Pierson emphasized that having two parties divided by density has scrambled the economic character of their electoral coalitions. With both affluent suburbanites and poorer metro voters backing the Democratic Party, the party has become an uneasy alliance between the winners in an unequal economy and those who are losing ground. Moreover, because dense places are highly racially and ethnically diverse, the parties have split on whether they see multi-racial democracy as an opportunity or a threat.
Pierson’s central point was that we shouldn’t assume that the parties will naturally reorient around the economic interests of their transformed voting blocs. That is because parties rely on what political scientists sometimes call “intense policy demanders” for resources, voter mobilization, and sending cues to voters about who is an ally and who is a foe. The National Rifle Association would be an example of such a group for Republicans, he said. Labor unions — more emboldened today than in a generation — are an example on the Democratic side.
“Both major political parties are broad coalitions that need to appeal to voters but also to organized interests, particularly when thinking not just about elections but governance,” Pierson said. “And the significance of these long coalitions only increases in a context of intense partisan polarization.”
Pierson said that the sharp contrast between today’s Democrats and Republicans increases the role of special interest groups, creating stronger incentives for groups to pick a side. In addition, the growth in the sense of voters’ identifying with one party and directing their animosity toward the other party — known as affective polarization — increases what he calls an “electoral blind spot.”
“The more you have affective polarization among voters, the more room there is for party leaders to hand out policy rewards to the intense policy demanders,” he said. “Even if these are not policies the median voter might be enthusiastic about.”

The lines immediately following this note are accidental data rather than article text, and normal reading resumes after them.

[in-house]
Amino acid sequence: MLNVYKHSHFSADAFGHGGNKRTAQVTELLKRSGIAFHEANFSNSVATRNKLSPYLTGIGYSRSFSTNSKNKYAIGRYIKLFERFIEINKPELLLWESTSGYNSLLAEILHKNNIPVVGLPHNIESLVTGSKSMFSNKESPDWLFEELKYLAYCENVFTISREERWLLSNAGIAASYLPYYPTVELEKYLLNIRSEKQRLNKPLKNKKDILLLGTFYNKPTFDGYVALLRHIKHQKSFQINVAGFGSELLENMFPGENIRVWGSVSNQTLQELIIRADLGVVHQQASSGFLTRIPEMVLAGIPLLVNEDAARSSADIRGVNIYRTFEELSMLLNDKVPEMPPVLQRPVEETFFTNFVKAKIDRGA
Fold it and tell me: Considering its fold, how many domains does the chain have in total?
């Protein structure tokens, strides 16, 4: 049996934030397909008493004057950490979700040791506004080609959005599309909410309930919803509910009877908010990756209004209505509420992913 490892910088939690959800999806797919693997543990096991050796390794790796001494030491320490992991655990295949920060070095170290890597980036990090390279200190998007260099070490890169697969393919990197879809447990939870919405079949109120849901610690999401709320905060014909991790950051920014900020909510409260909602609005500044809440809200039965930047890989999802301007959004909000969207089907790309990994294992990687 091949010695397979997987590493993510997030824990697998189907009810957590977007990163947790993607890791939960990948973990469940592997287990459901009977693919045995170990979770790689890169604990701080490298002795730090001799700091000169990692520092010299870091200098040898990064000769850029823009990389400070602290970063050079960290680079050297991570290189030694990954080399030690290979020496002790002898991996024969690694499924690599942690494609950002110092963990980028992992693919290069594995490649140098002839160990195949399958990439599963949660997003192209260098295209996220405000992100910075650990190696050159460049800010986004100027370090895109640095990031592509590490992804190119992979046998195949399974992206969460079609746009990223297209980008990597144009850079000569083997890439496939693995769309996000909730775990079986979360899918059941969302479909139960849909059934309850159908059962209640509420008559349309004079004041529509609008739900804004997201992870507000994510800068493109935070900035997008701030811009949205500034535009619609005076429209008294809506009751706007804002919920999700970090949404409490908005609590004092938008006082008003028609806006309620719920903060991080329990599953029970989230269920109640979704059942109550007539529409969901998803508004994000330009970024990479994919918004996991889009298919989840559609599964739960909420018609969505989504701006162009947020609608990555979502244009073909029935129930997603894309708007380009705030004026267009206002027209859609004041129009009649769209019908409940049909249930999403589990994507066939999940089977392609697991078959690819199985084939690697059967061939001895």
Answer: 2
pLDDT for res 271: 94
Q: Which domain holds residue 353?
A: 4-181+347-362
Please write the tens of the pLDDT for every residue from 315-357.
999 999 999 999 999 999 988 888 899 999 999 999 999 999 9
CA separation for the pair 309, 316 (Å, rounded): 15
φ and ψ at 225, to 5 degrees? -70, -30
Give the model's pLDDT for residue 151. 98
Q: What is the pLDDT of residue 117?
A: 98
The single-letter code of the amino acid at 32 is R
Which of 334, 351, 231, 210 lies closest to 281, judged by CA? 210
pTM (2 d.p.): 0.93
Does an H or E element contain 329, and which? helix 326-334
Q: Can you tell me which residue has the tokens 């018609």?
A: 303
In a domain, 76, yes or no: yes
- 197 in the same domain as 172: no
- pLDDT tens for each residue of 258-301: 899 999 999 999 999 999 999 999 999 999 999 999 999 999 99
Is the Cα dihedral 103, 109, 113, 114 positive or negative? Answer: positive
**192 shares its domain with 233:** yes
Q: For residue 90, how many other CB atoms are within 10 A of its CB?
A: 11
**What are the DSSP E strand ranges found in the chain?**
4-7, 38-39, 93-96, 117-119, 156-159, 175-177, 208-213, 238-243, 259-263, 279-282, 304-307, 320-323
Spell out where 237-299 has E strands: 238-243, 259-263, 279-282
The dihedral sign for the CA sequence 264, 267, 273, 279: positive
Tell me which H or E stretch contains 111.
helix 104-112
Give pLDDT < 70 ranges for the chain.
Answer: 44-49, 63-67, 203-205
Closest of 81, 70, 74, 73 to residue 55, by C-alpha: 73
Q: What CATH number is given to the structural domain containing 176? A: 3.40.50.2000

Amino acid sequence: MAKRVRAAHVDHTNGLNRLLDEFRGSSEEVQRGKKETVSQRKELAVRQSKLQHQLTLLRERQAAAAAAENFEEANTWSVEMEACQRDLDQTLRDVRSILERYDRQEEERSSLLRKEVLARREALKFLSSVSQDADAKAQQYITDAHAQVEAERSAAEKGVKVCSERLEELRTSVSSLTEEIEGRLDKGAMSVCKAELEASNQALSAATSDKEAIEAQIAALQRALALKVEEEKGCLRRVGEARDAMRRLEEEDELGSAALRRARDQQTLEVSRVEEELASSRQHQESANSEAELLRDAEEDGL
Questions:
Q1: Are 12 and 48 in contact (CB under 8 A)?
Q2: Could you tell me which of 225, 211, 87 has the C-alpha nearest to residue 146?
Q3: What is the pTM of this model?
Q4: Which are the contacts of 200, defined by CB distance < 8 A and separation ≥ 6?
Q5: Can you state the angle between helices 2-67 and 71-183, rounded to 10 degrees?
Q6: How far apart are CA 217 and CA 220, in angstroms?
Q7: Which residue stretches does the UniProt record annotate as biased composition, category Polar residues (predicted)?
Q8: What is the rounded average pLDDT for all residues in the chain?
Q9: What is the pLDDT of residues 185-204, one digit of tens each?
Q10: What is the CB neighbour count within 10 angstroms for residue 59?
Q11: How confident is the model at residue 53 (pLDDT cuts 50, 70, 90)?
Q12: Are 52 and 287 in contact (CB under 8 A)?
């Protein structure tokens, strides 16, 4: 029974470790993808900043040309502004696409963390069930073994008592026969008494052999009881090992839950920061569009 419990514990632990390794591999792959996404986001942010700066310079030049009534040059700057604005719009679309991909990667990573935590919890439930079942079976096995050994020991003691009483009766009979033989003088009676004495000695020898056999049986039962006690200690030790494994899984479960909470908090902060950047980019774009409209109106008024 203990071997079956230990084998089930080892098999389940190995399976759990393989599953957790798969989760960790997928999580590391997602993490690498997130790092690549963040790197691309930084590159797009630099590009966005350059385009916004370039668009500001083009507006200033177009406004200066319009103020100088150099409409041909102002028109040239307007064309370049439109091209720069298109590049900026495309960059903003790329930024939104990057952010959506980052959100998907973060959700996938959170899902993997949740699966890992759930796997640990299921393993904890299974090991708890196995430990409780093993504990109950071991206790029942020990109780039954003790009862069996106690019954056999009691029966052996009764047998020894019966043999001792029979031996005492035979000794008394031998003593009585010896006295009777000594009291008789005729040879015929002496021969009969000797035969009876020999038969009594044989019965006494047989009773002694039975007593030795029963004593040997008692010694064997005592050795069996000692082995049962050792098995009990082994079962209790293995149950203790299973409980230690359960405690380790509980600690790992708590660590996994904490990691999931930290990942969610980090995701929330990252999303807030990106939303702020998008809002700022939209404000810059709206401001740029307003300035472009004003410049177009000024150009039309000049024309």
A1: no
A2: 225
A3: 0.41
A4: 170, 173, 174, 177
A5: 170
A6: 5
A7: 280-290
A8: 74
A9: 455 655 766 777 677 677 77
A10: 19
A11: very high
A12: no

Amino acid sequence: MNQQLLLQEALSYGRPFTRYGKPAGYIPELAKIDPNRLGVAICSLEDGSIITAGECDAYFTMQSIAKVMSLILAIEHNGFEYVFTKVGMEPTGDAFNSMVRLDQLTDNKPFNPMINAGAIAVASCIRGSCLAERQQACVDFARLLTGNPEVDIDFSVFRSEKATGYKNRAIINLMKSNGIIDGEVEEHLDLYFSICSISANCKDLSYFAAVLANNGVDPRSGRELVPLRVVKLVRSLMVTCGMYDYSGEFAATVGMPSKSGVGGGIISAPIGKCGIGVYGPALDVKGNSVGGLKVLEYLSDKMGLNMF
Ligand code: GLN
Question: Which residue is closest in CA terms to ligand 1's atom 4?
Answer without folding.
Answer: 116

To gain and hold power, Democrats require support from privileged incumbents, creating tensions over race and ethnicity, income and wealth, gender, and age and between insiders and outsiders, urban and suburban residents, and immigrants and native-born voters, Pierson said.
“It’s interesting to study as a social scientist, but it is critical as a citizen to think about this,” he said. “Is it possible to combine genuine movement toward social inclusion with sustained political success? That’s the challenge that the Democratic Party faces.”
Pierson praised the assembled faculty and graduate students from across the social sciences, the law school, and the school of management as a valuable testing ground for ideas that he and Hacker plan to present in an upcoming book.
Pierson and Hacker said they have chosen to study the Democrats after years of studying Republicans in part because Democrats have received much less attention from political scientists than their opponents.
“The degree to which Democrats can navigate these turbulent waters is critical to American democracy,” Hacker said. “Right now, they are an essential bulwark against democratic backsliding and the main potential pathway for expanding social inclusion. That is why it is so crucial to better understand how and whether they can manage their internal tensions to effectively gain and wield power.”
ISPS Director Alan Gerber expressed his great enthusiasm for APEX, which plans to hold another event in November to officially launch the center.
“The creation of APEX at ISPS provides an invaluable framework for our understanding of how the political and economic systems in the United States function together,” Gerber said. “This new initiative significantly expands the scope of ISPS’s efforts and will produce scholarship to explain and help navigate the most important political and governance challenges we face as a country.”